YOU ARE HERE: LAT HomeCollections


AOL Gives a Boost to OS X

Technology: Latest version offers Mac users services previously offered only for Windows--plus nifty new Apple-only features.


First, a confession. I am a Mac convert, albeit a reluctant one.

After buying my iMac DVD Special Edition nearly three years ago--and loving it, at first--I discovered the limits of the Mac.

Many Web sites that offered movies, music or rich graphics didn't support my machine. A lot of productivity software lacked the bells and whistles of Windows counterparts.

I was consumed by buyer's remorse until Apple introduced its new operating system, version 10.1, last October. Software makers finally released new versions to take advantage of OS X's gorgeous interface and crash-resistant code.

I fell in love with my Mac all over again. So it should be no surprise that I am quite pleased with the new AOL software designed for Mac OS X.

The latest version updates the program's look and feel while catching up Mac users with services previously offered only to Windows users. It also includes several nifty Mac-only features.

I ran mine on my iMac with a 400-megahertz G3 processor running version 10.1--not the "Jaguar" update Apple just released. I connected to the Net using AOL and the iMac's internal 56-kilobit-per-second modem.

The program places all its functions on a sleek, metallic bar across the top of the screen that has the transparent drop-down menus common to OS X programs. This makes the toolbar, with its clunky, cartoonish icons, redundant. Yet the toolbar jarringly remains.

Luckily, it can be contracted--or detached and tucked out of the way, an option not yet available to Windows users.

The software includes a search tool that links users to AOL content and the Web using the Google search engine. It works well, although I wish it would give you AOL content as a separate option along with Web choices, like Yahoo's search engine.

Instead, type in something like Britney Spears, and up pops AOL's Music page devoted to the pop goddess. You have to open AOL's search function to find Web alternatives.

Here, the latest Windows version is superior because it places a Google search box right on the Welcome page.

A nice new feature is the AOL icon that is added to the Mac menu bar. I have mine configured so it's hidden until I move my cursor to the bottom of the screen.

The AOL icon automatically bounces into sight whenever I leave the program running in the background and receive an e-mail or instant message, and it tells me how many e-mails and messages are waiting.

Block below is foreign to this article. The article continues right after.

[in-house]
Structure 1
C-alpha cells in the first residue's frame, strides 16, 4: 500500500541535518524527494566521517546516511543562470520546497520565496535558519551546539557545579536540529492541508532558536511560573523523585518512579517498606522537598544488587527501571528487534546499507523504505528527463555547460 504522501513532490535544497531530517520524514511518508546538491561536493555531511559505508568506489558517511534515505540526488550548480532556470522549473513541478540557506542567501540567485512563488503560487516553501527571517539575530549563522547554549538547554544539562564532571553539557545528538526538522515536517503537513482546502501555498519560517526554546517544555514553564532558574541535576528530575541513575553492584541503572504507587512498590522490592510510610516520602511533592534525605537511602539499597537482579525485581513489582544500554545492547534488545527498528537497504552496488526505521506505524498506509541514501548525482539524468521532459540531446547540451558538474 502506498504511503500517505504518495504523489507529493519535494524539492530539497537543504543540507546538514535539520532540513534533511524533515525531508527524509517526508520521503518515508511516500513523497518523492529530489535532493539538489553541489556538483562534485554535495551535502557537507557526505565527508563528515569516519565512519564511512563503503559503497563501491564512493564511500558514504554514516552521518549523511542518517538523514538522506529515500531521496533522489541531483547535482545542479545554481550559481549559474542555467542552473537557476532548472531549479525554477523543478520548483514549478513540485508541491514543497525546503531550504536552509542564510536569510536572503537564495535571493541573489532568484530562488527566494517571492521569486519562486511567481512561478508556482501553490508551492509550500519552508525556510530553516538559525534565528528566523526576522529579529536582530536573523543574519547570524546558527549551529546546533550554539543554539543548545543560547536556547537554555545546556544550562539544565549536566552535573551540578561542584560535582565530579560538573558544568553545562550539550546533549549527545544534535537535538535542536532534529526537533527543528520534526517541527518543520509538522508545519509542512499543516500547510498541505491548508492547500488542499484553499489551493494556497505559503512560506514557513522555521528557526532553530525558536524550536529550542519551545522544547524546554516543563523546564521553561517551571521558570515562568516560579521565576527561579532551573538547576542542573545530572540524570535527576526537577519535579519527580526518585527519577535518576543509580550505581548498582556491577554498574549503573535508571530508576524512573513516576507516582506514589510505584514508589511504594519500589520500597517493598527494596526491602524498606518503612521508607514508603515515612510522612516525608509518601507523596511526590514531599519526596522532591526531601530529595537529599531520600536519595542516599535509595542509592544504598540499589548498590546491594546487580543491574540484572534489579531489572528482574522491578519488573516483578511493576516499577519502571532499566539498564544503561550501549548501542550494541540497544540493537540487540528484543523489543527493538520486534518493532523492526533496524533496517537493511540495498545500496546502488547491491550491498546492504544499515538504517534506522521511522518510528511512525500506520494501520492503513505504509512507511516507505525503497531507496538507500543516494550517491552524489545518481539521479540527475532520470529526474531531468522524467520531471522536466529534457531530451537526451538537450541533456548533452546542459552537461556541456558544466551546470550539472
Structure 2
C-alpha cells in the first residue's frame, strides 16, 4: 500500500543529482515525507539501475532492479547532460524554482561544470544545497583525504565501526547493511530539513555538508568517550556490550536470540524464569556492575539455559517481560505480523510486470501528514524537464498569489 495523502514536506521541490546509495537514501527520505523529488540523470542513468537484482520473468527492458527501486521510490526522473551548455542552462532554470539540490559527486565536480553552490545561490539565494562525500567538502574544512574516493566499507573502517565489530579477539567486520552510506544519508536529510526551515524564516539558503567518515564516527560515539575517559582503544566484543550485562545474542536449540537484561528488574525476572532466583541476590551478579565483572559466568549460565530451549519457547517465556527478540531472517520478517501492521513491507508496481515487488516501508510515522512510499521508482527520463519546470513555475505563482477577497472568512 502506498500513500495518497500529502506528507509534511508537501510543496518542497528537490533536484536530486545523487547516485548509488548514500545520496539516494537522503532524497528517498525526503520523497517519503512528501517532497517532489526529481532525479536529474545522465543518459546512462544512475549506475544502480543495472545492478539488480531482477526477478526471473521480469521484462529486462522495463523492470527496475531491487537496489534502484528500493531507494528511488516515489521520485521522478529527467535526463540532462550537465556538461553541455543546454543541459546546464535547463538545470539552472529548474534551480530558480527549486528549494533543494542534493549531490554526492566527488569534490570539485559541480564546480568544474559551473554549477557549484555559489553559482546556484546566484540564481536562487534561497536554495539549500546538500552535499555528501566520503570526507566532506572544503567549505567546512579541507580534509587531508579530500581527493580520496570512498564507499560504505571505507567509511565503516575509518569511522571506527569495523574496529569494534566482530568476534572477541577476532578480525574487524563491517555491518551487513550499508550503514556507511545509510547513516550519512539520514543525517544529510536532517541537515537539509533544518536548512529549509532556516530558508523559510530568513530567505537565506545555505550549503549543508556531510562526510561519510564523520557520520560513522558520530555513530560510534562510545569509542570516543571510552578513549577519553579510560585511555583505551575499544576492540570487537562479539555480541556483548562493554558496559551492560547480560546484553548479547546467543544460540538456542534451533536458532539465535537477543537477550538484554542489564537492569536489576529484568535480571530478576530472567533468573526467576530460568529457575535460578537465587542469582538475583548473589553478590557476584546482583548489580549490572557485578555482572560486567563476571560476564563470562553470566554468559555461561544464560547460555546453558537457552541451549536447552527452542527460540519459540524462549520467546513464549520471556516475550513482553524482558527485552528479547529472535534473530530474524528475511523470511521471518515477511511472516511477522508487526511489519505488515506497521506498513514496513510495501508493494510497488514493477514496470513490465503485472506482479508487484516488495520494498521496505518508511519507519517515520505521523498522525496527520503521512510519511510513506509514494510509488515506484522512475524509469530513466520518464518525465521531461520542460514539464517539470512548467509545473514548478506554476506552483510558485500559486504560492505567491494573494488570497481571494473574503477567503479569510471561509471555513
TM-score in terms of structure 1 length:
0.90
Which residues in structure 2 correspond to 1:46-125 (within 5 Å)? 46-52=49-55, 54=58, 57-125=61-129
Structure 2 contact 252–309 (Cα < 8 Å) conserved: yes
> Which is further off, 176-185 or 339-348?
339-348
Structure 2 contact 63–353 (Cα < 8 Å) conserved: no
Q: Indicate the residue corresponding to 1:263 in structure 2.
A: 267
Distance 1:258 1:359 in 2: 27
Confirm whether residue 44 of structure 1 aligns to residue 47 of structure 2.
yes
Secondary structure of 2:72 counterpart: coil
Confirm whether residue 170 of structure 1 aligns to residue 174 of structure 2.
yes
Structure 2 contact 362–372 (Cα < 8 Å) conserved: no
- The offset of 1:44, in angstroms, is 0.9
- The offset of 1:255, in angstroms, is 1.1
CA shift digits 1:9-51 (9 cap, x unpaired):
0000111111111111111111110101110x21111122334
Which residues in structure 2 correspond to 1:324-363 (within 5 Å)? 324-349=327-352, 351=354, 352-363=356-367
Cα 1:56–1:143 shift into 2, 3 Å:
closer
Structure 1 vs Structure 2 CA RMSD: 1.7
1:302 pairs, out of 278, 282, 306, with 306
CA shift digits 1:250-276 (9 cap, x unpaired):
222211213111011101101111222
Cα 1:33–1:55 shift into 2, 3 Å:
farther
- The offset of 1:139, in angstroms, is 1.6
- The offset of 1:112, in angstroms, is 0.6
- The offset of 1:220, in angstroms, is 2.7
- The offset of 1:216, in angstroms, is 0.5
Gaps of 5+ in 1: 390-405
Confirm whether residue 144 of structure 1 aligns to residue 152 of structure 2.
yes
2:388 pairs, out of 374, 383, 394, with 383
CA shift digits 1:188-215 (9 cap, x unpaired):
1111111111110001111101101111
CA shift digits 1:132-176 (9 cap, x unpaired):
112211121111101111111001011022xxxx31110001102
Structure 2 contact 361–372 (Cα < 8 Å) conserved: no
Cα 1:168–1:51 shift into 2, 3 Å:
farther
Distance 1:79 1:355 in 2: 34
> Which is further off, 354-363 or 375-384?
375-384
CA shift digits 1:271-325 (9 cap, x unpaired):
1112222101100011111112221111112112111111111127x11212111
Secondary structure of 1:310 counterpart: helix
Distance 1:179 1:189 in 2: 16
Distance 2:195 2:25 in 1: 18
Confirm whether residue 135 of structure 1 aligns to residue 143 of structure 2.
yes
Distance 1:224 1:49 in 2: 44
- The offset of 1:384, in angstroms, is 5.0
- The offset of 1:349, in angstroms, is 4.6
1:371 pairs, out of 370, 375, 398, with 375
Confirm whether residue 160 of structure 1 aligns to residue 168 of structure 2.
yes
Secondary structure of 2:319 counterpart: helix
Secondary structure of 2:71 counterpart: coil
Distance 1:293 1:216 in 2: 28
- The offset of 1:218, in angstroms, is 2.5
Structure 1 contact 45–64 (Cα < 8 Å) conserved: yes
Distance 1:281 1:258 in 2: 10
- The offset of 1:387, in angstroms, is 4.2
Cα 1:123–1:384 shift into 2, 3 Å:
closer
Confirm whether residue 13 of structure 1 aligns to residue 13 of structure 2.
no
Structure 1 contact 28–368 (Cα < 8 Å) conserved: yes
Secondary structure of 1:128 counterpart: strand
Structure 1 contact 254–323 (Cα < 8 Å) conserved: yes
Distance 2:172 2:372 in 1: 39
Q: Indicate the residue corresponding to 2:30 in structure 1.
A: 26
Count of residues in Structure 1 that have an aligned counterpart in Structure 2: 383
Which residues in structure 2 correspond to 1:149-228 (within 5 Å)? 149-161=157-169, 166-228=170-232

Another Mac exclusive is the ability to attach files to e-mails by dragging and dropping them into the e-mail's attachment window. The program also allows you to embed photos and sound files within e-mail. Graphic-rich e-mails, previously a problem to view using AOL e-mail, now appear quickly, with fully functioning hyperlinks.

I also was impressed with the Netscape Gecko Web browser.

In the past, I used AOL to access the Internet, then bypassed the service altogether, surfing the Web with Microsoft's Internet Explorer 5.1. With the Netscape browser, I experienced nothing but quick, reliable surfing on sites rich with graphics and Flash animation.

One side effect of staying on the AOL service was that I explored AOL channels I'd previously ignored. I suspect others who use AOL merely for the convenience of having a recognizable e-mail address or for instant messaging also will find themselves diving deeper into the service.

You now can have your Mac "speak" every line of text in a chat room or every line of an instant message. Though this was amusing at first, I found it grating after a few minutes. It can be turned off.

Like the latest version of its Windows software, AOL detects when the user is using a high-speed connection and offers special content featured in an additional panel on the Welcome screen.

Overall, it is a pleasure to use, as is everything else on my Mac these days.

Los Angeles Times Articles